Brexit stockpiling may give Scotland’s economy a short-term boost, but will have a “negative” effect overall, the government’s top economist has said.
Dr Gary Gillespie said firms building up stock inventories before the UK leaves the EU could potentially boost Scotland’s GDP by 0.4%.
However he said this would be “more than offset” by a subsequent slowdown.
Dr Gillespie’s “state of the economy” report said there was an “improved outlook” despite the “risk” of Brexit.
The UK is due to leave the EU in March 2019, with negotiations ongoing about how the withdrawal will work and what the future relationship will look like.
The Centre for Economics and Business Research (CEBR) said in September that UK firms will have stockpiled an extra £38bn of goods by the time Brexit happens, claiming this was a factor in recent growth in gross domestic product (GDP).
Dr Gillespie echoed the think tank’s warning that this short-term boost could be followed by a slump.
He said: “Building stock inventories in advance of March 2019 may bring forward economic activity to this side of EU exit.
“Our new analysis suggests that while this could potentially boost Scottish GDP growth in 2018-19 by up to 0.4%, this would be more than offset by a slowing of output in subsequent quarters.
“The overall effect of stockpiling on the economy is negative in the medium term.”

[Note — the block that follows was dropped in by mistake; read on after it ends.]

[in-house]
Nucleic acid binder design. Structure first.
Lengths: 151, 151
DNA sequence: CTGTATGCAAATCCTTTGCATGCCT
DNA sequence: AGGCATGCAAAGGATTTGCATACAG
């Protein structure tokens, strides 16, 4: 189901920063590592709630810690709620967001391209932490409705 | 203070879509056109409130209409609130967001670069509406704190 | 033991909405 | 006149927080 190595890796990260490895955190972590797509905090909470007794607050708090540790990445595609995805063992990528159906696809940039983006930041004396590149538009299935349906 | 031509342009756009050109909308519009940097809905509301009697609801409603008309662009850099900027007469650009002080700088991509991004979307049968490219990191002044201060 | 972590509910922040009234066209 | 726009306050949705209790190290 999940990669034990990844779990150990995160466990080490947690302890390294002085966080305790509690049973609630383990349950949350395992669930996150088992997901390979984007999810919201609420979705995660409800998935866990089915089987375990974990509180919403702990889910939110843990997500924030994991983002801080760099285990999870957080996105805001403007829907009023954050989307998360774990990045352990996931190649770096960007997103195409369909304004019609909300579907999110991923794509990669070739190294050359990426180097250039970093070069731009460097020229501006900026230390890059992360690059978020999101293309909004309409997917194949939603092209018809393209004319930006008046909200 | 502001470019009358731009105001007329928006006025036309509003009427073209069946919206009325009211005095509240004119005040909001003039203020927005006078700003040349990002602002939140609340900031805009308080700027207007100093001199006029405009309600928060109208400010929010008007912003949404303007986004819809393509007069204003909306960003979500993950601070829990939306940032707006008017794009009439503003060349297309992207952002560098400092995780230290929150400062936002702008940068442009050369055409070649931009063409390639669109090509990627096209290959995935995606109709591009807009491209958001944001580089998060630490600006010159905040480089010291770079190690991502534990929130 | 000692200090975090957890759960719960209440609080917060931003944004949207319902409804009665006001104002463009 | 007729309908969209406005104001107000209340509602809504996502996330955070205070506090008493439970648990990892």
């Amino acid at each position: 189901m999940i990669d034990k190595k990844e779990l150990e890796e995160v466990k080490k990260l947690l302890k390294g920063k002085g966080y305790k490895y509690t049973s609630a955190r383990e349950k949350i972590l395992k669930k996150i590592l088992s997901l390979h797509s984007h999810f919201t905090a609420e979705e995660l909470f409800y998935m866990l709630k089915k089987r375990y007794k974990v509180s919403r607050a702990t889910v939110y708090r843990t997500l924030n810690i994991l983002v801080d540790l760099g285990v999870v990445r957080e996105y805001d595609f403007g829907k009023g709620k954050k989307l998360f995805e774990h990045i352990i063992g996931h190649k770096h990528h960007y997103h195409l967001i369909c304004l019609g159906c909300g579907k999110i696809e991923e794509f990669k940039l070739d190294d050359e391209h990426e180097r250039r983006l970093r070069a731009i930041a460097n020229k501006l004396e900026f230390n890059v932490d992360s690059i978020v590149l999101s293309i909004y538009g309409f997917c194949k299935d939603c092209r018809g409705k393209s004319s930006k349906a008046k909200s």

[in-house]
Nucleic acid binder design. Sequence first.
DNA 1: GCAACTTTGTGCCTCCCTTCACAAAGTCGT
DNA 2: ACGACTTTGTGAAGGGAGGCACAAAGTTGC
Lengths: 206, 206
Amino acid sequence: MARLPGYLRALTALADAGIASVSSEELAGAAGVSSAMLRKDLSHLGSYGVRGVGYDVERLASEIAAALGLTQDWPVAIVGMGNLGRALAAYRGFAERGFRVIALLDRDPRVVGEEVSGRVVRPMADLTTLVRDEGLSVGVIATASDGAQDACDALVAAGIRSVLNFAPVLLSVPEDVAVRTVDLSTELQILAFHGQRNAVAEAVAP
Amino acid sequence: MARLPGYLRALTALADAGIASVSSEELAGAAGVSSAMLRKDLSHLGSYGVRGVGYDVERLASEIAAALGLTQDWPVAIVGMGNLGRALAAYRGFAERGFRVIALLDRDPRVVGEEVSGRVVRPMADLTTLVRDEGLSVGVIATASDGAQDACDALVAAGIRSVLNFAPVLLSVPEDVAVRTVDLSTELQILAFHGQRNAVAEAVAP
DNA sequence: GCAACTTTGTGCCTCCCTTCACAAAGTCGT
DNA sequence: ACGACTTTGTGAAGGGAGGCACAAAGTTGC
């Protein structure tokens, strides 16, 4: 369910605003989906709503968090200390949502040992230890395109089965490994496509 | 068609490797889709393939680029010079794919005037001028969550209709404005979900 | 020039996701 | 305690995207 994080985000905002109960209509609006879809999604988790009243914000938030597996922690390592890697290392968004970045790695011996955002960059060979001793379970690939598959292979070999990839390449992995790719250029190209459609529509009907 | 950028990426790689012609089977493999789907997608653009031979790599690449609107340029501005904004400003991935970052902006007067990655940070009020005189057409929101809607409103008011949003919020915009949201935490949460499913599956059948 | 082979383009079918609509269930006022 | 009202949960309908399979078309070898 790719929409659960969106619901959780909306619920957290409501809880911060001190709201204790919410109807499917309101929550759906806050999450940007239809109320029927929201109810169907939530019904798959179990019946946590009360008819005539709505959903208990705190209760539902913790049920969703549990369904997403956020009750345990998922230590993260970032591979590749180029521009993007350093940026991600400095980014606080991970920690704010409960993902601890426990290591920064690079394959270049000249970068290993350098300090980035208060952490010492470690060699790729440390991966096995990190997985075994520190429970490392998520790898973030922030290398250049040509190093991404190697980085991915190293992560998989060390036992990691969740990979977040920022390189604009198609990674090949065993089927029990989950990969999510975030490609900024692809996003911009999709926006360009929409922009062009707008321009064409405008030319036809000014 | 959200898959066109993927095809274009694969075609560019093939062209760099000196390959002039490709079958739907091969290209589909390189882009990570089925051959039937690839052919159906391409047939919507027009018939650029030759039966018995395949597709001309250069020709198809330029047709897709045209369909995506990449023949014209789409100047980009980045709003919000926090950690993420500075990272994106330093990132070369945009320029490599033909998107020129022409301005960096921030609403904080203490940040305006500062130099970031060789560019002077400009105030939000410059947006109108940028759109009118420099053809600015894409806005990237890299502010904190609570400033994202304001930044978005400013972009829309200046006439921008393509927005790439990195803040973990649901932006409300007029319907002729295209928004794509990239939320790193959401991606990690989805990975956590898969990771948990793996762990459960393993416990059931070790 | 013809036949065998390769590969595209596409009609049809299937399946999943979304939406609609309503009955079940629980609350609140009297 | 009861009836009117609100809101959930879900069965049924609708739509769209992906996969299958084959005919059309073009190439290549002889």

Dr Gillespie’s regular “state of the economy” update said there was an “improved outlook” for Scotland’s balance sheet, despite the “main risk” of Brexit uncertainty.
He said the economy had grown in six consecutive quarters, “with growth strengthening in 2018” and outstripping growth in the UK as a whole for the first time since 2014.
Over the second quarter of 2018 there was expansion across all sectors, with positive growth in services, construction and production, and exports “growing strongly on the back of the weaker value of Sterling”.
However, the new analysis also showed overall consumer sentiment had been negative since the EU referendum.
Dr Gillespie wrote: “Despite sentiment regarding individual household finances strengthening, attitudes to spending remain weak and households’ expect the economy to deteriorate over the next year.
“Therefore a broader Brexit risk remains, which if transmitted into a significant fall in household confidence and consumption could have a material impact on the economy.”
Scottish Finance Secretary Derek Mackay said: “Scotland’s economy is strong and we are one of the top destinations for inward investment, whilst Scottish productivity has grown faster than the UK’s over the past decade.
“We are using the powers we have to boost the economy and ensure our economic potential is realised at the same time as we try to mitigate the damage Brexit will cause.”
Scottish Secretary David Mundell meanwhile has urged the Holyrood government to “focus on growing Scotland’s economy”, saying that “Scotland’s economic performance is still struggling to close the gap with the UK economy which has opened up over recent years”.
And Prime Minister Theresa May said on Monday that the UK would be building “ambitious economic partnerships” after leaving the EU, and said she would “make sure nothing gets in the way of our brilliant entrepreneurs and small businesses”.
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